I'd really like to hear a complete answer to this question. I have my own idea and although I don't think it's a perfect answer to your question, perhaps it will help someone.

There's a way of defining cofibrant replacements in certain categories call the Boardman-Vogt $W$-construction. I know it from the work of Berger and Moerdijk on operads. I believe it was first defined topologically, but I only know it algebraically and for algebras it goes something like this:

The unit interval could be described by the ring $I=kt \oplus \, ks \oplus \, ke$, where $e$ is concentrated in degree $1$, and $d(e)=t-s$. $t$ is the identity and $s$ is idempotent, also $se=e$. There's a unique augmentation. So this is a chain complex modelling the unit interval. The multiplication could be described as taking the maximal value, this is how it's defined topologically. $t$ corresponds to the maximal element $1$, $s$ to the element $0$.

Now let $A$ be an associative algebra, the $W$-construction $W(A)$ looks very much like the free product $A*I$ (perhaps it's the same I don't remember), with the induced differential. $W(A)$ is a cofibrant replacement for $A$.

This contains a subalgebra quasi-isomorphic to $W(A)$, which may be given by the bar-cobar construction. Remember that the bar complex $BA$ is given by taking the free coalgebra on $A[1]$, with a square-zero coderivative induced by the multiplication map. The cobar complex $\Omega \,C$ on C is the free algebra on $C[-1]$. This carries the square-zero derivative defined by the coalgebra structure.

That's a mouthful, but all you need to remember is that the bar and cobar functors define an adjunction, actually a Quillen equivalence of model categories. And the unit and counit of this look very much like the $W$-construction.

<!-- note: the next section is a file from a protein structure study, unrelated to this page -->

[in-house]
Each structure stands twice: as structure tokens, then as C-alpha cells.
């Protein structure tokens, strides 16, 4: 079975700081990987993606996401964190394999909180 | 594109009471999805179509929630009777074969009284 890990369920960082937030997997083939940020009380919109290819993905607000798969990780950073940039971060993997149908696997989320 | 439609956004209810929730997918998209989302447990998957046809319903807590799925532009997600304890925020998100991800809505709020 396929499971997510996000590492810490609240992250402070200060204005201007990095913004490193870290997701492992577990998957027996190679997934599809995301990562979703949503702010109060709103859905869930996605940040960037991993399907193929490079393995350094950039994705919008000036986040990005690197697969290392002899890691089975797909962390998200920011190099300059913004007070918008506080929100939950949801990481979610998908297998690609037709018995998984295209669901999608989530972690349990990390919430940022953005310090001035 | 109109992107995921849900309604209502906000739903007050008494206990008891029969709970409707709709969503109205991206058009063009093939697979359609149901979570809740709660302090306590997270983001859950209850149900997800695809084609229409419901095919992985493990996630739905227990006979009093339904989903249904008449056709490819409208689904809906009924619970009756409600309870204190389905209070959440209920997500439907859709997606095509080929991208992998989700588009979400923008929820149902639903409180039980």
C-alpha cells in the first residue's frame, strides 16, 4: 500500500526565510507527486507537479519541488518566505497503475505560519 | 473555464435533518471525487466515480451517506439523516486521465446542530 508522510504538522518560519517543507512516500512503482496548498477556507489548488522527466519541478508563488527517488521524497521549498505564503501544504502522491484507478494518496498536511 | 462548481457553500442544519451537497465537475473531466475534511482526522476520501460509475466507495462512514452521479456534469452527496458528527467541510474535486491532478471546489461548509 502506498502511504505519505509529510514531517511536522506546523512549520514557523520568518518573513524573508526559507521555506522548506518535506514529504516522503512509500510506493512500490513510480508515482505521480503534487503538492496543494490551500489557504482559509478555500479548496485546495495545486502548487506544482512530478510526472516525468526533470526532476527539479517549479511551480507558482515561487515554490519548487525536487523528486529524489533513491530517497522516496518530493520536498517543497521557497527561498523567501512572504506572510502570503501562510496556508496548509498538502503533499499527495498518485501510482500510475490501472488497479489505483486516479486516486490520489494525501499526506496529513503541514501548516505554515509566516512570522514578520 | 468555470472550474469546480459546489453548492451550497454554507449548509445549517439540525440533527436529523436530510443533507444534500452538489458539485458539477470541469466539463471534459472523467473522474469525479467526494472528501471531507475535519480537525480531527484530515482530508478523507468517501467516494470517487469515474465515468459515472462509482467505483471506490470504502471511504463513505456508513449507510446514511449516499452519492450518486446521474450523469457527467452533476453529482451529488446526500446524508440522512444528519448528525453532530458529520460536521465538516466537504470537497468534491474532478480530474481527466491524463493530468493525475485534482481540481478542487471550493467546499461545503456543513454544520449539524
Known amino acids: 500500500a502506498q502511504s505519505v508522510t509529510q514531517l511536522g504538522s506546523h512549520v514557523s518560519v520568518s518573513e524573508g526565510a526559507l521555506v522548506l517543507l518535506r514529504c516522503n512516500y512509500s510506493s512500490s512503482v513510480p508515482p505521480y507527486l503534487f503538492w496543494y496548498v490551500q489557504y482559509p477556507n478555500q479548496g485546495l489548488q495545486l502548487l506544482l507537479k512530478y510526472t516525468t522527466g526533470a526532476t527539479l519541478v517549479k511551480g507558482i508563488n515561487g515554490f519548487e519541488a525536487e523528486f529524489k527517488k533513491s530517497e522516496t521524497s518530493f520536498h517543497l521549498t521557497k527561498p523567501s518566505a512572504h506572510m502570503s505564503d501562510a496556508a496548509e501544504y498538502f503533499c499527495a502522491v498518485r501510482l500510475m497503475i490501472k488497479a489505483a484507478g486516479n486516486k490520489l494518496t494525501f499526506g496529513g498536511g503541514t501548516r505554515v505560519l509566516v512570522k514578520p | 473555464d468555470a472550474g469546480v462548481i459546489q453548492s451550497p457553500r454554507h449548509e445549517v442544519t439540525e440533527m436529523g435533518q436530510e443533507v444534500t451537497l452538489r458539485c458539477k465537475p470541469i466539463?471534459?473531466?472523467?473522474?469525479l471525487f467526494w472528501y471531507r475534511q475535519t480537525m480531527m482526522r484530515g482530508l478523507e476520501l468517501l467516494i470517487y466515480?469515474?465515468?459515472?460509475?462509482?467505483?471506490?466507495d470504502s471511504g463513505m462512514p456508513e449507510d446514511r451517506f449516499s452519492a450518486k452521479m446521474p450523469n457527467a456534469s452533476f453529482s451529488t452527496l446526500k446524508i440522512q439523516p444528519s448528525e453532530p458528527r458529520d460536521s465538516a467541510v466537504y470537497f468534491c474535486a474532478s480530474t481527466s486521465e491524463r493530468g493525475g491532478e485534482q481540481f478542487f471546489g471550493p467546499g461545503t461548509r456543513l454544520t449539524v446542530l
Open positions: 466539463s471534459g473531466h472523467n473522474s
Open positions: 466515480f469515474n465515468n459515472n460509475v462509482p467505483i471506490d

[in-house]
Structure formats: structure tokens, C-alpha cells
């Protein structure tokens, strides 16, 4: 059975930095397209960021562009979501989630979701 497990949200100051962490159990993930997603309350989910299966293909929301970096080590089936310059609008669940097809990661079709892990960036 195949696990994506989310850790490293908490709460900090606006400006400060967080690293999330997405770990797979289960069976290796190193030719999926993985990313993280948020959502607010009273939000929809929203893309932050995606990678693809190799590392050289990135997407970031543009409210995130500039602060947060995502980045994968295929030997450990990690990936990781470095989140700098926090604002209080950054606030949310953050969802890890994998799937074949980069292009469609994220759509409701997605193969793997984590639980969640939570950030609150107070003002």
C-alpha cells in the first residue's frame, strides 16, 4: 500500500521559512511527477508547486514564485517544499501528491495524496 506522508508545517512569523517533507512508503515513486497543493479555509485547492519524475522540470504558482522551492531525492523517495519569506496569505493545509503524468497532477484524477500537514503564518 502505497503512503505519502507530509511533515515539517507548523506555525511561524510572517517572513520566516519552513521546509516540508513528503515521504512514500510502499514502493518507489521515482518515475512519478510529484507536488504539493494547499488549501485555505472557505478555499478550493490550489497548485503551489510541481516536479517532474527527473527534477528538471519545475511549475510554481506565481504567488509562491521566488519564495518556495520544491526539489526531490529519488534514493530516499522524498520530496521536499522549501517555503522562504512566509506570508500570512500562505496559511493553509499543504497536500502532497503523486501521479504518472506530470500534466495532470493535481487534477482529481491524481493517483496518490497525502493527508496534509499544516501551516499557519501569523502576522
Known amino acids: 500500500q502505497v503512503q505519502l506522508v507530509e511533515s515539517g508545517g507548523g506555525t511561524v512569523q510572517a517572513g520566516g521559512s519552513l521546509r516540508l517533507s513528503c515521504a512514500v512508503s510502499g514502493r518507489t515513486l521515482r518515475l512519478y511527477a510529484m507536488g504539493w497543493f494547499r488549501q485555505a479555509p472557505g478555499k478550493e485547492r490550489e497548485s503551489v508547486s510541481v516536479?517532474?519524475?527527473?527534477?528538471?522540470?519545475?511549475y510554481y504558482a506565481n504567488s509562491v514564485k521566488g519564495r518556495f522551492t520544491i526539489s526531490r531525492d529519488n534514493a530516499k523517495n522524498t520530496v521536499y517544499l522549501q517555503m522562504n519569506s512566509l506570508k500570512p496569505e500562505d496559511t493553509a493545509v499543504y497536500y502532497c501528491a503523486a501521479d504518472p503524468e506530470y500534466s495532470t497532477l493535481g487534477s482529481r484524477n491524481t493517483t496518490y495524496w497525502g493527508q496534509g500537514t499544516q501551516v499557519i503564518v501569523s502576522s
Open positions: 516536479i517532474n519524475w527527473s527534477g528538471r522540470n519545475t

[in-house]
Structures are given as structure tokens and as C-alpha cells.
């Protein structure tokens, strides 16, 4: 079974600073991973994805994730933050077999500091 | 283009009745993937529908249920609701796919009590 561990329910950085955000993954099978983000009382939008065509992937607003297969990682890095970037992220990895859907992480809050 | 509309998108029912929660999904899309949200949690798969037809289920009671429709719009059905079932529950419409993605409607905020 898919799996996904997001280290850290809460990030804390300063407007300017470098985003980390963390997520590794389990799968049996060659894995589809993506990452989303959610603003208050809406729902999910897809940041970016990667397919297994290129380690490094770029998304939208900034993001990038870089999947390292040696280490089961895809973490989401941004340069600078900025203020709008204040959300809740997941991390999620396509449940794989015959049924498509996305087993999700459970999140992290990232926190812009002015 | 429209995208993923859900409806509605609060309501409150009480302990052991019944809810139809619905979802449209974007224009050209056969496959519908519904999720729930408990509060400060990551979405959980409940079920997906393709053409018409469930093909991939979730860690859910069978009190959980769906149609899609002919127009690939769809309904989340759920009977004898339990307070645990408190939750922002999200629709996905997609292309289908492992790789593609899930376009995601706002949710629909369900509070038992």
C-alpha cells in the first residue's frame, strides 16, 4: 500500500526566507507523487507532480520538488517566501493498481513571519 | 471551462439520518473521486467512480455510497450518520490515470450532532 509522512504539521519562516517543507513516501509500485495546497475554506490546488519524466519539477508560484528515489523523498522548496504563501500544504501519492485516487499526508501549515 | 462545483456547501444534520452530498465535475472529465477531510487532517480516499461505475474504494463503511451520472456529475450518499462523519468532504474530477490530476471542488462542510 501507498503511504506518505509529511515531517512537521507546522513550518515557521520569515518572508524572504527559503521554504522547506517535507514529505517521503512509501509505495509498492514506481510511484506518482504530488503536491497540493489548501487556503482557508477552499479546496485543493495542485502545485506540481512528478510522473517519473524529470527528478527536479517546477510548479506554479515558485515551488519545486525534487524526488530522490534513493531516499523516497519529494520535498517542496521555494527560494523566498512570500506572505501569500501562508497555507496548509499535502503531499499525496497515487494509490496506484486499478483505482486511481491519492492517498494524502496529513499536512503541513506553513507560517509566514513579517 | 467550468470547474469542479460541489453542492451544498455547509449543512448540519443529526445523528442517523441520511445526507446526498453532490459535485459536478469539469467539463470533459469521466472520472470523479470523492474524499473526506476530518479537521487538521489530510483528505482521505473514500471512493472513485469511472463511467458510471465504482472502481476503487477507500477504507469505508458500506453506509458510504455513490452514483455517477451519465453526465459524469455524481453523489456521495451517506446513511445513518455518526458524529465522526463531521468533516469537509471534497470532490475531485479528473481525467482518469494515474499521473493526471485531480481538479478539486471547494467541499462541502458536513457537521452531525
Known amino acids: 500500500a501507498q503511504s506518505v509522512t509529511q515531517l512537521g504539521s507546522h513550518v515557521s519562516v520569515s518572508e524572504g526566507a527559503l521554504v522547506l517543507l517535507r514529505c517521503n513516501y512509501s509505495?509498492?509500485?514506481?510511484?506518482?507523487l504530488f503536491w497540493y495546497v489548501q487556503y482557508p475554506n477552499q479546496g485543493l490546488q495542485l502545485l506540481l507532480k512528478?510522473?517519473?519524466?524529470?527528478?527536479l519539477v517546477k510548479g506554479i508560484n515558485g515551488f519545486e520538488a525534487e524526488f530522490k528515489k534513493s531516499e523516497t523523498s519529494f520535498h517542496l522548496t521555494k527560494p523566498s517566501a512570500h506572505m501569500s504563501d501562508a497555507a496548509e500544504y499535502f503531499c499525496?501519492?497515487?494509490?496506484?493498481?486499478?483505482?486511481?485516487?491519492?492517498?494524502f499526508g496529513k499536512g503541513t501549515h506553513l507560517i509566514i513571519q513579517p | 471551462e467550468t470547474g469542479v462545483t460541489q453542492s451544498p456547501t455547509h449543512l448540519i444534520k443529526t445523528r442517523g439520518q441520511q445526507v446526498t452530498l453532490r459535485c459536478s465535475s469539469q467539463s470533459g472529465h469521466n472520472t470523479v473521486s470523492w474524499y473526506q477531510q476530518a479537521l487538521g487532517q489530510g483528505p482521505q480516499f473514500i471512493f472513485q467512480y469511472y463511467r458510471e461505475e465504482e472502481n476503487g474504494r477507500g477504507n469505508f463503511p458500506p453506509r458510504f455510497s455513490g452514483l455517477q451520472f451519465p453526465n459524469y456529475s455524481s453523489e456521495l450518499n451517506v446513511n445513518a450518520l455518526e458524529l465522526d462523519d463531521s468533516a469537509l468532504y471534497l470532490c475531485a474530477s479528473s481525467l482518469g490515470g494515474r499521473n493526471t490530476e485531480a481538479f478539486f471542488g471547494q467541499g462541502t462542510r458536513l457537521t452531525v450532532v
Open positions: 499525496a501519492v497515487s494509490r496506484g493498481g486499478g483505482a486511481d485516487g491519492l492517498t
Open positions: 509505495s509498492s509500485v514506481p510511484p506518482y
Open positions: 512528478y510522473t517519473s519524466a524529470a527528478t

In Berger and Moerdijk they do this not for associative algebras but for operads. And there are similar constructions for any operad (generalising the case for the associative operad above). In one example the bar complex is based on the free colie algebra and the cobar complex is based on the free commutative algebra.

Onto the categories of modules: there is an adjunction between the category of modules of $A$ and the category of comodules for $BA$. This is actually a Quillen equivalence.

Now back to the Koszul property. An algebra is Koszul when the bar complex is quasi-isomorphic as coalgebras to something very small, in many cases quasi-isomorphic to its homology. Call this nice coalgebra $C$.

Then there is an adjunction between the category of modules for $A$ and the category of comodules for $C$.

So to me at least the Koszul property concerns situations when large resolutions of things, say $\Omega \, BA$, may be replaced by much smaller things. And this means a lot for the categories of (co)modules for the objects concerned. But that's just my personal impression.